One of the leaders of the Indian fashion industry, Sabyasachi Mukherjee, recently drew fire for making a generalized statement about overdressed women being ‘internally wounded’.
His Instagram post, which was originally meant to promote his upcoming jewellery collection, attracted the wrath of netizens when he likened the state of a woman being overdressed to internal anguish.
His umbrella statement did not sit well with the internet as several people criticized his stance on the subject. Some believed that he was being patriarchal by speaking for women while others deemed it an awful PR move.
Here are a few of the many reactions to his post:
Right when the circumstances began to spin out of control, Sabyasachi issued a clarification both on his Instagram story and feed.
In his two-part clarification, Sabyasachi broke down his original post and expounded his previous agrument in detail.
While he offered a seemingly unfeigned apology for making a blanket statement about women, he maintained that his post was aimed at those women who use fashion as a coping mechanism rather than a tool for artistic expression.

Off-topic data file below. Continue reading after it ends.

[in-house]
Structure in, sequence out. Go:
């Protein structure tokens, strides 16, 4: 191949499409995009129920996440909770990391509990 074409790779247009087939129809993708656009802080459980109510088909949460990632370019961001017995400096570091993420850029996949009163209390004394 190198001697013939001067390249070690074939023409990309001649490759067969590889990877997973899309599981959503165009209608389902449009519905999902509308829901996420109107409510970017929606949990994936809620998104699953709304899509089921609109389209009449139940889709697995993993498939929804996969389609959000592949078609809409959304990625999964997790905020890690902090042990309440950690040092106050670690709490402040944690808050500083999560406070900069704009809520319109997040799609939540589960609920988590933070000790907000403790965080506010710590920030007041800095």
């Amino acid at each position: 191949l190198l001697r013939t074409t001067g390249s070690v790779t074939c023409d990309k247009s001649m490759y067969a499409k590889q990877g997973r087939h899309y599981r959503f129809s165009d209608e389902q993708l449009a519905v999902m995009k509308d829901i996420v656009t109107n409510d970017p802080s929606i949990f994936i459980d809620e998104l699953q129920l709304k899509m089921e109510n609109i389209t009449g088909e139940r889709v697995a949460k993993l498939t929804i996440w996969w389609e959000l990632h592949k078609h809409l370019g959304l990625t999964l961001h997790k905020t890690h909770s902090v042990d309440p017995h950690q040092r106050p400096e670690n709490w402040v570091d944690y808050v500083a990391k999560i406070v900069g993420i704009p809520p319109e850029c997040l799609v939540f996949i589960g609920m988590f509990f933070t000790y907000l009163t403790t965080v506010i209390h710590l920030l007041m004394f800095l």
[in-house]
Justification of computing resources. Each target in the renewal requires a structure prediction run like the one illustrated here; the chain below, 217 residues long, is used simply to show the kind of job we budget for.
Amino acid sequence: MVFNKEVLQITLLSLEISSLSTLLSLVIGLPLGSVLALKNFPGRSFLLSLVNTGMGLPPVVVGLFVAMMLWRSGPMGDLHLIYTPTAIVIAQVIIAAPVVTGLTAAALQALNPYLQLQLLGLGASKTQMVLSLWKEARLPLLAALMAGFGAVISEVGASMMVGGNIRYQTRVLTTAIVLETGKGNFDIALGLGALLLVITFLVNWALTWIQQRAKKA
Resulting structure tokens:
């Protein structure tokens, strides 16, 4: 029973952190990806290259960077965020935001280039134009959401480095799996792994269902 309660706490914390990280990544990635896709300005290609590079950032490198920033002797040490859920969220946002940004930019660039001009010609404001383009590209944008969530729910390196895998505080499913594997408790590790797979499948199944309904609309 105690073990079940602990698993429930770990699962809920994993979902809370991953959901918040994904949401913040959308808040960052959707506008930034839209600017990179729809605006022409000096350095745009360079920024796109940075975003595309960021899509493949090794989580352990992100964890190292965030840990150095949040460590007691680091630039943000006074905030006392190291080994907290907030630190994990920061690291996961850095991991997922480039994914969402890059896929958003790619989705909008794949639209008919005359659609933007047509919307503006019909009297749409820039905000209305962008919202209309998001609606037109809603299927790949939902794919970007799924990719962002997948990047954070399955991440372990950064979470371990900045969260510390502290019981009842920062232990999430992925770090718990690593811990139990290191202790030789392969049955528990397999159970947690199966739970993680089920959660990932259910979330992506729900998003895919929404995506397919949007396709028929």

The celebrated designer strengthened his reasoning while recounting his own experience with fashion as a mode of escapism through radical clothing choices.
His apology, too, was met with a mixed bag of reactions.
Some claimed that it was simply an attempt to reduce damage while others lauded his insight into the matter and welcomed his apology.
As someone who resorts to fashion as a means of distraction from reality, I can wholly testify to the soundness of Sabyasachi Mukherjee’s argument.
‘Retail therapy’ is a reality for many who seek mental refuge in materialism as it supplies them with momentary bursts of adrenaline and produces in them a sense of being.
Coping mechanisms differ from person to person and the need to tackle each of the underlying mental issues is important nonetheless.
As a woman, I do not believe that Sabyasachi Mukherjee was being misogynistic or speaking for women. Time and again, he has spoken with nothing but high regard for the female influences in his life who shaped him into what he is.
Sabyasachi Mukherjee may have worded his argument poorly, which he profusely apologized for, but he opened up the gates to a much-needed conversation pertaining to the nuances of mental health issues and their various ways of manifestation.
After all, to err is human.
Image Credits: Google Images, Instagram
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